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Dr Daniel Burrage completed an Academic Clinical Fellowship in Clinical Pharmacology at St George's.

Why did you apply for an academic clinical fellowship at St George's?

"I chose to do an ACF because I wanted to see whether I would enjoy a clinical academic career and this was a great opportunity to get dedicated time to do research. I specifically applied to St George's because I had heard some really good feedback from a current ACF at that time and because I was keen to live and work in London.

"St George's was particularly appealing because it has nearly all medical specialties on a single site. The breadth of research opportunities reflects this too. The medical school is also on the same site, which makes being a clinical academic very convenient! This is genuinely helpful when, as an ACF, you have six months less time to do your core training; the flexibility of the ACF time means it's not difficult to do any extra clinics or procedures you might need whilst also doing your research.

"Being based in London was also particularly appealing for me, but has benefits in terms of research too, with potential to network with other universities such as Imperial, King’s and UCL."

Dr Daniel Burrage working with a patient. Dr Daniel Burrage completed an Academic Clinical Fellowship in Clinical Pharmacology at St George's.

What experience did you have before applying for an ACF?

"I had done an intercalated BSc during my medical degree and had done well in medical school exams which helped to get me points on my application. Whilst I didn’t consider myself very academic, I made the most of opportunities in my regular foundation training programme to do an audit which I presented as a poster at an international conference. I published a case report and got involved in some research involving a review of a patient database which was presented a conference. I think all these things helped at interview."

What did you do during your ACF at St George’s?

"I was lucky to be given a choice of potential supervisors and projects when I first started. I chose to do a clinical project with the clinical pharmacology team, but there were options too for lab-based projects or systematic reviews.

"My research time was divided into three blocks of three months, spread over three years. I wrote a review article and analysed data from an existing project which I was able to present at an international conference. The ACF also created lots of other opportunities for me, including getting involved in teaching and completing a PGCert in medical education, which I later developed into an MSc through the Royal College of Physicians. I completed an audit and became a member of the hospital Drugs and Therapeutics Committee. I was even able to contribute to writing two textbooks."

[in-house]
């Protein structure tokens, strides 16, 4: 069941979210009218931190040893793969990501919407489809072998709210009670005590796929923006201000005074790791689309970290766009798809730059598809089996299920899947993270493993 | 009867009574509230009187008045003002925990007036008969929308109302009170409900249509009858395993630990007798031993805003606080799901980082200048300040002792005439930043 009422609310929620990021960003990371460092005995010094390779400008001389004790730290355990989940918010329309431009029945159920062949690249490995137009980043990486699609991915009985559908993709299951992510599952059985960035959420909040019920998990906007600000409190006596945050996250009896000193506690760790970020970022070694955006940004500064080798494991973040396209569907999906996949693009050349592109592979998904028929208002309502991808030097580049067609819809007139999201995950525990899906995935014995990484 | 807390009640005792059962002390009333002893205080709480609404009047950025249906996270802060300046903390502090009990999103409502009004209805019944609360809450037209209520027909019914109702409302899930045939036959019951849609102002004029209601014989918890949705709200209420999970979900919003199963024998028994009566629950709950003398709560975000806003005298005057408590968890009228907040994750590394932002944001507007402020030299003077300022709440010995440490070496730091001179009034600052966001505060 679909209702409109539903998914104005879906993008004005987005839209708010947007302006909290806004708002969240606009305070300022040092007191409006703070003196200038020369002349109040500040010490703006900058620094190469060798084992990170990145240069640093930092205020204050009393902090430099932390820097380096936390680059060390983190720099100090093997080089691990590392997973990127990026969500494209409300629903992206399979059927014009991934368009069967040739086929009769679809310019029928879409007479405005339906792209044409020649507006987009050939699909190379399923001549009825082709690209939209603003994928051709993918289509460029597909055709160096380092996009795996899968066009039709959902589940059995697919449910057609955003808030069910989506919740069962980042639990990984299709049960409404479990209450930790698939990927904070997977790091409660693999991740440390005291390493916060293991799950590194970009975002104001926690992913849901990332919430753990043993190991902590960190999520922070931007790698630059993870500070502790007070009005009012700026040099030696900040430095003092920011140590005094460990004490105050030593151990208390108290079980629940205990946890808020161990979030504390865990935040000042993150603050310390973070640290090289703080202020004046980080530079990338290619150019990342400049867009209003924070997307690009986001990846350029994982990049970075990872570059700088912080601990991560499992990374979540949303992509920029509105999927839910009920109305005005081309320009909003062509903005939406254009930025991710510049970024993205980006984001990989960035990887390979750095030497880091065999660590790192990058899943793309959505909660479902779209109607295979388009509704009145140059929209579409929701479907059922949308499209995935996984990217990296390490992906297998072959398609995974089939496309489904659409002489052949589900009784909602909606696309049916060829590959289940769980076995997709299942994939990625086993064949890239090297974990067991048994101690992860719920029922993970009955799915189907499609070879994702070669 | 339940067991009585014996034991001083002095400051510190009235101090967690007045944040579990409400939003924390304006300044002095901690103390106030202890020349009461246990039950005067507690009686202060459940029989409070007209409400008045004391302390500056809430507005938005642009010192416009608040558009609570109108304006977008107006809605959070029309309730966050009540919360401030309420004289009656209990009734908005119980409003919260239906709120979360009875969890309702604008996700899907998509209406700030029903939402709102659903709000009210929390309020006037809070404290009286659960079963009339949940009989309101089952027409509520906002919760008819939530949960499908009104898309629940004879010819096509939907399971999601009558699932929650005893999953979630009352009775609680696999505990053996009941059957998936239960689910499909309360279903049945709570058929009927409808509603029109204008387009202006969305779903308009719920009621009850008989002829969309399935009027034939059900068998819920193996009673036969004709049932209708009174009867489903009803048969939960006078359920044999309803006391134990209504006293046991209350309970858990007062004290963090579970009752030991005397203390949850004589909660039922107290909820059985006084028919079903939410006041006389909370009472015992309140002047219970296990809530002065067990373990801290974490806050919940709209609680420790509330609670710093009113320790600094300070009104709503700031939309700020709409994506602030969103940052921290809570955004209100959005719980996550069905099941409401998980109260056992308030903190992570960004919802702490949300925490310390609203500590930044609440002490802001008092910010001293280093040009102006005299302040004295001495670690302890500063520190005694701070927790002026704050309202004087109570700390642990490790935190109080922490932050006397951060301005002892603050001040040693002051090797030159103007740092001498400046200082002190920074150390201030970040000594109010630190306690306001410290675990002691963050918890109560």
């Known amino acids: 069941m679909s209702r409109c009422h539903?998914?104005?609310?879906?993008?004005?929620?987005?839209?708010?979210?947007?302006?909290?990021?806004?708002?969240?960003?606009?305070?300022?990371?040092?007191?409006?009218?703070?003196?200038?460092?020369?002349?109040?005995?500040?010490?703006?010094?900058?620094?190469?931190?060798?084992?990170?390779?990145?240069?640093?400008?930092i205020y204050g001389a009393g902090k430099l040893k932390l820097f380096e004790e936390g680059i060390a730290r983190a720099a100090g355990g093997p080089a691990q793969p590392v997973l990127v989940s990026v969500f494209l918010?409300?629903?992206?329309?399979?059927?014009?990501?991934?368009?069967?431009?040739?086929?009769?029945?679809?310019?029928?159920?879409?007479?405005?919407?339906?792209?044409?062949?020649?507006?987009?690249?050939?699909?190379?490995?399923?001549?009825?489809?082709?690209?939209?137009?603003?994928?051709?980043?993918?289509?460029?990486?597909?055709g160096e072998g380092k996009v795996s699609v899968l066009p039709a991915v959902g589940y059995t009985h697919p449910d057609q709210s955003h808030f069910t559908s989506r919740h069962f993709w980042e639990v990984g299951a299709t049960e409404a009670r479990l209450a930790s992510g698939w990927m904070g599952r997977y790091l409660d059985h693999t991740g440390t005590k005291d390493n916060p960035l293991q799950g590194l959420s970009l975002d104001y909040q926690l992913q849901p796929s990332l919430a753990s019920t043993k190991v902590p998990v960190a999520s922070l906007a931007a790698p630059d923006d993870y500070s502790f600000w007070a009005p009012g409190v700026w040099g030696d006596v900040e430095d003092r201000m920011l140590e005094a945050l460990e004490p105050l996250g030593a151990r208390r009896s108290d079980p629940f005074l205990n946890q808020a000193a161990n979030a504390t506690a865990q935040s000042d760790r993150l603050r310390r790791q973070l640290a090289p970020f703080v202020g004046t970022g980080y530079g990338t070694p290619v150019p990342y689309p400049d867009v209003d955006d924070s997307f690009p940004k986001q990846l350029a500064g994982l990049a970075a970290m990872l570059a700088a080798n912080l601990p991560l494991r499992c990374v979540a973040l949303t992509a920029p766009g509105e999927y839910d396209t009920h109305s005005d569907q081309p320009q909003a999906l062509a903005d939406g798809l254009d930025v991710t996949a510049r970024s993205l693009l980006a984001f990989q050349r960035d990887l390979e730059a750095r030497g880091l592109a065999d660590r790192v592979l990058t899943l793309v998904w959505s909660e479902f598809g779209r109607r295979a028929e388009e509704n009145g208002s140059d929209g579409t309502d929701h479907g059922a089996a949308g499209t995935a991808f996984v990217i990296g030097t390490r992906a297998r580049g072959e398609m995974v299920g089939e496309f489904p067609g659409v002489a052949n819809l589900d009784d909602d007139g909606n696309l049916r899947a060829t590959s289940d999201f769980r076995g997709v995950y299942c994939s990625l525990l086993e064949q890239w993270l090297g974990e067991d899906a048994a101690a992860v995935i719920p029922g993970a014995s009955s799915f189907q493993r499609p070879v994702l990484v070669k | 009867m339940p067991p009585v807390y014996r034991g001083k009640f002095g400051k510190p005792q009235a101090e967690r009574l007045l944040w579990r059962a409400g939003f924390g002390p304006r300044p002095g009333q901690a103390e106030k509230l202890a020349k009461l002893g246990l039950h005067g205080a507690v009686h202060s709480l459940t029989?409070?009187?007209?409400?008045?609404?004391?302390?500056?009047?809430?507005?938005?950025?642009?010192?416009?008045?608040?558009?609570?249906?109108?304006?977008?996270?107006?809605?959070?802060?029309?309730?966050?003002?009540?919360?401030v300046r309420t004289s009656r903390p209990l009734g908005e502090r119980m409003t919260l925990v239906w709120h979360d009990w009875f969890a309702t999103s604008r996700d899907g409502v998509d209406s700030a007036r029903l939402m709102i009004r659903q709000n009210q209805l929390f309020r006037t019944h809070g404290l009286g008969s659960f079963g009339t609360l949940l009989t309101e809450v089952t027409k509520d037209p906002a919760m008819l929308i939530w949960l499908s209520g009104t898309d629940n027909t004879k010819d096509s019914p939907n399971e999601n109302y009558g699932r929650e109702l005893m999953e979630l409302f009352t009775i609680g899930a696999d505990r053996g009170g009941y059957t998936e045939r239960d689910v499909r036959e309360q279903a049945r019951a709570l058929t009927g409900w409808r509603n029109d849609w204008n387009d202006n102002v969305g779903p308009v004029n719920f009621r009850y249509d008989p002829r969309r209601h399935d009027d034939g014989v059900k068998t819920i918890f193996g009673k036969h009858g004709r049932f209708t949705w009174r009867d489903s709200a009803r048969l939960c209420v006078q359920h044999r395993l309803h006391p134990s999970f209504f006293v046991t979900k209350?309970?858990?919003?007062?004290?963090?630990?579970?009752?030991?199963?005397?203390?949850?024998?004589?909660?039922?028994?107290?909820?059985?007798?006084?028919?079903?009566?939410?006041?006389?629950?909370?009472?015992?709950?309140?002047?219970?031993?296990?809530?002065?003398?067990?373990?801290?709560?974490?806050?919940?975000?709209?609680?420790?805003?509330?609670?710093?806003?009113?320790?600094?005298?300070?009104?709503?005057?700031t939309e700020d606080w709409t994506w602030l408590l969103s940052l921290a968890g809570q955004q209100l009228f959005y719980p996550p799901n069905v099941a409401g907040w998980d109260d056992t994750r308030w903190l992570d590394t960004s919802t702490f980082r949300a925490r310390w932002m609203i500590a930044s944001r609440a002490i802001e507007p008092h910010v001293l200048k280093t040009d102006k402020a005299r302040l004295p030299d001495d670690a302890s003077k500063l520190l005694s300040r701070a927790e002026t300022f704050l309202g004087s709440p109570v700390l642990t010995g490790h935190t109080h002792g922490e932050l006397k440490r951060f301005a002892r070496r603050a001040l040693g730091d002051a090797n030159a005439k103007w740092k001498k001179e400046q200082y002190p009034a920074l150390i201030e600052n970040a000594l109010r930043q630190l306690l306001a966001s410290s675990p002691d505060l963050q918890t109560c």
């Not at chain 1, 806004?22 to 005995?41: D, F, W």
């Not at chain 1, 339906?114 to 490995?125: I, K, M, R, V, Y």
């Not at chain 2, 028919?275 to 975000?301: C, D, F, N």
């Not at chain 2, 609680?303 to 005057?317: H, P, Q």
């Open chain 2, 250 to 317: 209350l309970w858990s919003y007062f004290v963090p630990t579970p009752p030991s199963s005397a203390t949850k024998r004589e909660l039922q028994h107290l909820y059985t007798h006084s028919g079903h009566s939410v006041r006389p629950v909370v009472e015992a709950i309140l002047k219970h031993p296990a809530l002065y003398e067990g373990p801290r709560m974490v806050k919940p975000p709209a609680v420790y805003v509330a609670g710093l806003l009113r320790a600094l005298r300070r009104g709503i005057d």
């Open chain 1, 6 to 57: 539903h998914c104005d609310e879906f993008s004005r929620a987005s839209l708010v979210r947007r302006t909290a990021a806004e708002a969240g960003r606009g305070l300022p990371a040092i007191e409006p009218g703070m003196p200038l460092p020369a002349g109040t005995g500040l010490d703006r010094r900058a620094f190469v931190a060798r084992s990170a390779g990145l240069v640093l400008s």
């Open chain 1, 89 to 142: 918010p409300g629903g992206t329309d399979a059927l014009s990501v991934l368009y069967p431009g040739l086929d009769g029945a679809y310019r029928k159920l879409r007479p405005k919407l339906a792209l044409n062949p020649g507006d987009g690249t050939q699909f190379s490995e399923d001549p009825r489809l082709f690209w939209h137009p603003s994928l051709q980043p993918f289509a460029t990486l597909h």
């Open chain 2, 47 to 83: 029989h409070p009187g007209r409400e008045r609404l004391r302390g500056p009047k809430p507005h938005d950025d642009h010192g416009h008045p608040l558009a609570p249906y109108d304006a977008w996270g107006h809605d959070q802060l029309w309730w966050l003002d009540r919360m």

Having completed the fellowship, what did you do next?

"On completing my ACF, I took a year out of the programme to train in stroke medicine, and then returned to St George's with my original ACF supervisor to set up my PhD and apply for funding. I was successful in applying for an NIHR doctoral research fellowship, which funded my PhD over the following three years. I think having done the ACF was a significant factor in being awarded the doctoral fellowship as it showed I was able to undertake research and it is also an opportunity to develop pilot data for a PhD proposal which I think awarding panels value. I’m now back in training, entering my final year before completion of training."

What would your advice be for anyone considering applying for an ACF at St George's?

"In short, go for it! My main piece of advice is not to be put off if you don’t feel you have the 'right CV'. Showing you’ve made the most of opportunities and have a genuine interest in the research is what I found most important.

"Also, don’t be afraid to contact academics at St George's ahead of your application and interview to find out more about the available opportunities. Planning ahead demonstrates genuine interest and I think is key to getting the most out of the ACF."

 

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